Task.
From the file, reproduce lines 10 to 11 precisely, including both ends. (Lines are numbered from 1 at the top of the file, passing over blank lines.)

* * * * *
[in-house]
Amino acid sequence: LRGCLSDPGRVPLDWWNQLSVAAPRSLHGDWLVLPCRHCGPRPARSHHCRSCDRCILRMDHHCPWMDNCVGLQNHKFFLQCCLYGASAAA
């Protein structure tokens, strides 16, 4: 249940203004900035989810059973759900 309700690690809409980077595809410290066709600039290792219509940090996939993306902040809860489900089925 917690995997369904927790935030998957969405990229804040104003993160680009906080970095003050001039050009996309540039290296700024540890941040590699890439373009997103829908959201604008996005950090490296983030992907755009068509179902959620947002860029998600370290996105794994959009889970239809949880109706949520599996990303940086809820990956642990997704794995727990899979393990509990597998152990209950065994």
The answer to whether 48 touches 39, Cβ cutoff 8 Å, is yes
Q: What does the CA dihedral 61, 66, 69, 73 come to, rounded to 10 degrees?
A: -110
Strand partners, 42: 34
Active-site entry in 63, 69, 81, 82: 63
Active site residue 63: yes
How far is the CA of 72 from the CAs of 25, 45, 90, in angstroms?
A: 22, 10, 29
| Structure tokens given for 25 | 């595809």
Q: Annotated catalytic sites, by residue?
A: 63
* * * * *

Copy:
How far is the CA of 72 from the CAs of 25, 45, 90, in angstroms?
A: 22, 10, 29